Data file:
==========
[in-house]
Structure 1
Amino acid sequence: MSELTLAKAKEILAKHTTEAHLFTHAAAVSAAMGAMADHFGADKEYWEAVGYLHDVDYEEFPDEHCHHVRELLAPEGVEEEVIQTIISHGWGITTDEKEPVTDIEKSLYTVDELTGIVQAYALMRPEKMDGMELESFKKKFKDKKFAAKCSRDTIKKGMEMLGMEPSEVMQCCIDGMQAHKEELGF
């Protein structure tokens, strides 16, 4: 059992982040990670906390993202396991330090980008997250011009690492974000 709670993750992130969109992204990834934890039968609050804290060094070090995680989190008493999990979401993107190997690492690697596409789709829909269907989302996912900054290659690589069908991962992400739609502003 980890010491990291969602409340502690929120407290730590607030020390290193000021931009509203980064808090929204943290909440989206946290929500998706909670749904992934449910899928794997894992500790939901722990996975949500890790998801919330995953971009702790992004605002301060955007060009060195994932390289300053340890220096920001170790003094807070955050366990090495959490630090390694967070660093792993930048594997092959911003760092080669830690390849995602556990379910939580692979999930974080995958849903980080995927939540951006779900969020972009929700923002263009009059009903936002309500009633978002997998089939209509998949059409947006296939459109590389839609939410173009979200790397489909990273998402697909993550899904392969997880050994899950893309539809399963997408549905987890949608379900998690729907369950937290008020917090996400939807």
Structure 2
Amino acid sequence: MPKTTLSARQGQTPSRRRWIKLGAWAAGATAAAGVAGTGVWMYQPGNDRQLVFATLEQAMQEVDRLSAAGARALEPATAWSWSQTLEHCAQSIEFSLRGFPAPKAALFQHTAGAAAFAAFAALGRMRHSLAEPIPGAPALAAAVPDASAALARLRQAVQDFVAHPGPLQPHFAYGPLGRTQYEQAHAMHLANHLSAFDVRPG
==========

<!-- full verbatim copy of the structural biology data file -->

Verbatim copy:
[in-house]
Structure 1
Amino acid sequence: MSELTLAKAKEILAKHTTEAHLFTHAAAVSAAMGAMADHFGADKEYWEAVGYLHDVDYEEFPDEHCHHVRELLAPEGVEEEVIQTIISHGWGITTDEKEPVTDIEKSLYTVDELTGIVQAYALMRPEKMDGMELESFKKKFKDKKFAAKCSRDTIKKGMEMLGMEPSEVMQCCIDGMQAHKEELGF
């Protein structure tokens, strides 16, 4: 059992982040990670906390993202396991330090980008997250011009690492974000 709670993750992130969109992204990834934890039968609050804290060094070090995680989190008493999990979401993107190997690492690697596409789709829909269907989302996912900054290659690589069908991962992400739609502003 980890010491990291969602409340502690929120407290730590607030020390290193000021931009509203980064808090929204943290909440989206946290929500998706909670749904992934449910899928794997894992500790939901722990996975949500890790998801919330995953971009702790992004605002301060955007060009060195994932390289300053340890220096920001170790003094807070955050366990090495959490630090390694967070660093792993930048594997092959911003760092080669830690390849995602556990379910939580692979999930974080995958849903980080995927939540951006779900969020972009929700923002263009009059009903936002309500009633978002997998089939209509998949059409947006296939459109590389839609939410173009979200790397489909990273998402697909993550899904392969997880050994899950893309539809399963997408549905987890949608379900998690729907369950937290008020917090996400939807």
Structure 2
Amino acid sequence: MPKTTLSARQGQTPSRRRWIKLGAWAAGATAAAGVAGTGVWMYQPGNDRQLVFATLEQAMQEVDRLSAAGARALEPATAWSWSQTLEHCAQSIEFSLRGFPAPKAALFQHTAGAAAFAAFAALGRMRHSLAEPIPGAPALAAAVPDASAALARLRQAVQDFVAHPGPLQPHFAYGPLGRTQYEQAHAMHLANHLSAFDVRPG